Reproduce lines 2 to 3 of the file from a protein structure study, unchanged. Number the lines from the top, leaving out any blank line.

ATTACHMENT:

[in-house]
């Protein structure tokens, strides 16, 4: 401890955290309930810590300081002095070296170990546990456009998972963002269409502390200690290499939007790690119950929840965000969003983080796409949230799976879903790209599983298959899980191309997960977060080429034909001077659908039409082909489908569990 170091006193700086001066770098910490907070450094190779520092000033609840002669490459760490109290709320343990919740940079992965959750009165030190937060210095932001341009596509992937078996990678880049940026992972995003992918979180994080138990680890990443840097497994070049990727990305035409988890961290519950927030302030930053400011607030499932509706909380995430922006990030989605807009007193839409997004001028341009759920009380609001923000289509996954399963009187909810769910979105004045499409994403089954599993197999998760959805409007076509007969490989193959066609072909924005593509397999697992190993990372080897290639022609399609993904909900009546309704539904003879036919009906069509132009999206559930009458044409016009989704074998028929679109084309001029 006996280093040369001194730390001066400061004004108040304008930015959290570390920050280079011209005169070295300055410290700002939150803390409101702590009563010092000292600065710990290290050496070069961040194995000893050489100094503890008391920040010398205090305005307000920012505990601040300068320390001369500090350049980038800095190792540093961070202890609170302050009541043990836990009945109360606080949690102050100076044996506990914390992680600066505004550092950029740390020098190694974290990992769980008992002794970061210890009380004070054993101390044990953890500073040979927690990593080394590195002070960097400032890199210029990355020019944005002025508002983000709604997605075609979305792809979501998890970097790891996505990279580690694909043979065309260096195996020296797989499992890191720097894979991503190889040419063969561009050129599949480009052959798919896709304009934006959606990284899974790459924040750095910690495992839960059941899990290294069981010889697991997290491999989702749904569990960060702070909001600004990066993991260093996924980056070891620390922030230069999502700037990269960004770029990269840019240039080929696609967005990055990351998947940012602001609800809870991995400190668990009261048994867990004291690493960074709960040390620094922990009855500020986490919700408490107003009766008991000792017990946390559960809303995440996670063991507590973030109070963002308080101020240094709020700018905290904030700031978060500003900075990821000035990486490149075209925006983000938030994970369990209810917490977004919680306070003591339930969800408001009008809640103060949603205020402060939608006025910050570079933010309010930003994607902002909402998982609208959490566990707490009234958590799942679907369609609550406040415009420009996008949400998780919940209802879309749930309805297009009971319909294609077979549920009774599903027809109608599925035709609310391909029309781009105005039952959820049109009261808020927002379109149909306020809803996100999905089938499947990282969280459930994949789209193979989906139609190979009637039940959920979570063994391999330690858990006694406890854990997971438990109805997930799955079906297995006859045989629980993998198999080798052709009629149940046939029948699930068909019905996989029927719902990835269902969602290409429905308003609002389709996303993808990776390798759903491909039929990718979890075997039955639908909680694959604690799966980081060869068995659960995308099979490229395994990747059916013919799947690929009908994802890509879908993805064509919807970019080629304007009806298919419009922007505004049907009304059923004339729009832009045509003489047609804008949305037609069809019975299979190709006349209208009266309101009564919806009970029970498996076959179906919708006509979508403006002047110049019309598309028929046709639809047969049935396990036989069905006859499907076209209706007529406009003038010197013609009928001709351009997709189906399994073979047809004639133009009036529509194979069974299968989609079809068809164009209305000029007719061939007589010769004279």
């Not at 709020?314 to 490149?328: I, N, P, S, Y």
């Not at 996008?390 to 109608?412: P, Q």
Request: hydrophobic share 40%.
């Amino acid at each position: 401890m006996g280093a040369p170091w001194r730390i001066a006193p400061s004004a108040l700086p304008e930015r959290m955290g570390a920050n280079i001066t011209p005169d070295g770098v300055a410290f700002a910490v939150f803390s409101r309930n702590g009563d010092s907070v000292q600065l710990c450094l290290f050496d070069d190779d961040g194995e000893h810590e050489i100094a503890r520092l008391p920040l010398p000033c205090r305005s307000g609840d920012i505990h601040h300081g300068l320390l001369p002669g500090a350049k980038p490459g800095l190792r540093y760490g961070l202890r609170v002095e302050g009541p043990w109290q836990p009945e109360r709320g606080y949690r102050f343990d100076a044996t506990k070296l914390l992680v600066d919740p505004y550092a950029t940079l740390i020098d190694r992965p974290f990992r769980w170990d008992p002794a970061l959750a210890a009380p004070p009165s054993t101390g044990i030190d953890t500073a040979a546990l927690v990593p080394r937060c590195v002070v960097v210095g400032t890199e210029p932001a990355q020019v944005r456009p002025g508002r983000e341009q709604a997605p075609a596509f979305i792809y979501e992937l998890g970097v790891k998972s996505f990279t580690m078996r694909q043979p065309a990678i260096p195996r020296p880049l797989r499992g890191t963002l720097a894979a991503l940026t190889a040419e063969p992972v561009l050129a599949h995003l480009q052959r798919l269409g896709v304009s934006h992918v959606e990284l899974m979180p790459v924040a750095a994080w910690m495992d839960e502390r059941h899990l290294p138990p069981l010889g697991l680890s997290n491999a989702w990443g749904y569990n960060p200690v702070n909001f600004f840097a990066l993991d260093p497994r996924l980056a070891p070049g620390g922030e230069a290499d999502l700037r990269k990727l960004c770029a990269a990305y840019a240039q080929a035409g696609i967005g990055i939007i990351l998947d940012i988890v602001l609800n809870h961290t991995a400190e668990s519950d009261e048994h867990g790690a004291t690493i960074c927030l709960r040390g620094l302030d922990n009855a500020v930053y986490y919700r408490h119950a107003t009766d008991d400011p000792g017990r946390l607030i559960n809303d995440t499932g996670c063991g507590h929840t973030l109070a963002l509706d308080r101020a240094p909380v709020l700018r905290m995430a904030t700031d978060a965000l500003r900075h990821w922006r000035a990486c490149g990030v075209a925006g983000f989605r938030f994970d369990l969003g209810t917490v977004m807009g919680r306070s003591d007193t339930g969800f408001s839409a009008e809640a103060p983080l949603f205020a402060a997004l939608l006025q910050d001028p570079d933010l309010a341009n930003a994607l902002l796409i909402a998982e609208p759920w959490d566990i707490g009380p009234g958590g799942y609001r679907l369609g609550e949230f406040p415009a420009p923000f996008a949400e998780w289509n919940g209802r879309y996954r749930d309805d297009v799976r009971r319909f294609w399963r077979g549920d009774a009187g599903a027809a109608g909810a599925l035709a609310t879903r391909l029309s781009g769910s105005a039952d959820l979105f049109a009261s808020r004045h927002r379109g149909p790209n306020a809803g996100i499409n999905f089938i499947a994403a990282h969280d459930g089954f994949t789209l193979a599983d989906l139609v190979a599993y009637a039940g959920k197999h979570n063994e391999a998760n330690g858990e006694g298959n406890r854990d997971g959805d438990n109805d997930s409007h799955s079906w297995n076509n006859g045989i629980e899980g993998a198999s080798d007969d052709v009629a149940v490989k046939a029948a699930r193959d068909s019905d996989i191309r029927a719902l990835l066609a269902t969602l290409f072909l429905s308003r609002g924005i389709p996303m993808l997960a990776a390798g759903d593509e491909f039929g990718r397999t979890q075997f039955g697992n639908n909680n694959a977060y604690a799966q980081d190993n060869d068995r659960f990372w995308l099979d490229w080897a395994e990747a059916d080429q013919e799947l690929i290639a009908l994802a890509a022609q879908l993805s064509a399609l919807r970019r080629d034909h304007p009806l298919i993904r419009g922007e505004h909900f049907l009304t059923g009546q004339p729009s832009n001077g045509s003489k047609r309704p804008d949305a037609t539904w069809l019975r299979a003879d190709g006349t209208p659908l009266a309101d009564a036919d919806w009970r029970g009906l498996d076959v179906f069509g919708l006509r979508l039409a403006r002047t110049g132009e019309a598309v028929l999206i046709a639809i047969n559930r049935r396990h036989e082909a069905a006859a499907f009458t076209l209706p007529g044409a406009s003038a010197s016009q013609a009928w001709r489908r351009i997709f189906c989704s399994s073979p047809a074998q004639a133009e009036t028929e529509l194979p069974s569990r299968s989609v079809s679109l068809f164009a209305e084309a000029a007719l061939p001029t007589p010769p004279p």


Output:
């Protein structure tokens, strides 16, 4: 401890955290309930810590300081002095070296170990546990456009998972963002269409502390200690290499939007790690119950929840965000969003983080796409949230799976879903790209599983298959899980191309997960977060080429034909001077659908039409082909489908569990 170091006193700086001066770098910490907070450094190779520092000033609840002669490459760490109290709320343990919740940079992965959750009165030190937060210095932001341009596509992937078996990678880049940026992972995003992918979180994080138990680890990443840097497994070049990727990305035409988890961290519950927030302030930053400011607030499932509706909380995430922006990030989605807009007193839409997004001028341009759920009380609001923000289509996954399963009187909810769910979105004045499409994403089954599993197999998760959805409007076509007969490989193959066609072909924005593509397999697992190993990372080897290639022609399609993904909900009546309704539904003879036919009906069509132009999206559930009458044409016009989704074998028929679109084309001029 006996280093040369001194730390001066400061004004108040304008930015959290570390920050280079011209005169070295300055410290700002939150803390409101702590009563010092000292600065710990290290050496070069961040194995000893050489100094503890008391920040010398205090305005307000920012505990601040300068320390001369500090350049980038800095190792540093961070202890609170302050009541043990836990009945109360606080949690102050100076044996506990914390992680600066505004550092950029740390020098190694974290990992769980008992002794970061210890009380004070054993101390044990953890500073040979927690990593080394590195002070960097400032890199210029990355020019944005002025508002983000709604997605075609979305792809979501998890970097790891996505990279580690694909043979065309260096195996020296797989499992890191720097894979991503190889040419063969561009050129599949480009052959798919896709304009934006959606990284899974790459924040750095910690495992839960059941899990290294069981010889697991997290491999989702749904569990960060702070909001600004990066993991260093996924980056070891620390922030230069999502700037990269960004770029990269840019240039080929696609967005990055990351998947940012602001609800809870991995400190668990009261048994867990004291690493960074709960040390620094922990009855500020986490919700408490107003009766008991000792017990946390559960809303995440996670063991507590973030109070963002308080101020240094709020700018905290904030700031978060500003900075990821000035990486490149075209925006983000938030994970369990209810917490977004919680306070003591339930969800408001009008809640103060949603205020402060939608006025910050570079933010309010930003994607902002909402998982609208959490566990707490009234958590799942679907369609609550406040415009420009996008949400998780919940209802879309749930309805297009009971319909294609077979549920009774599903027809109608599925035709609310391909029309781009105005039952959820049109009261808020927002379109149909306020809803996100999905089938499947990282969280459930994949789209193979989906139609190979009637039940959920979570063994391999330690858990006694406890854990997971438990109805997930799955079906297995006859045989629980993998198999080798052709009629149940046939029948699930068909019905996989029927719902990835269902969602290409429905308003609002389709996303993808990776390798759903491909039929990718979890075997039955639908909680694959604690799966980081060869068995659960995308099979490229395994990747059916013919799947690929009908994802890509879908993805064509919807970019080629304007009806298919419009922007505004049907009304059923004339729009832009045509003489047609804008949305037609069809019975299979190709006349209208009266309101009564919806009970029970498996076959179906919708006509979508403006002047110049019309598309028929046709639809047969049935396990036989069905006859499907076209209706007529406009003038010197013609009928001709351009997709189906399994073979047809004639133009009036529509194979069974299968989609079809068809164009209305000029007719061939007589010769004279």
């Not at 709020?314 to 490149?328: I, N, P, S, Y």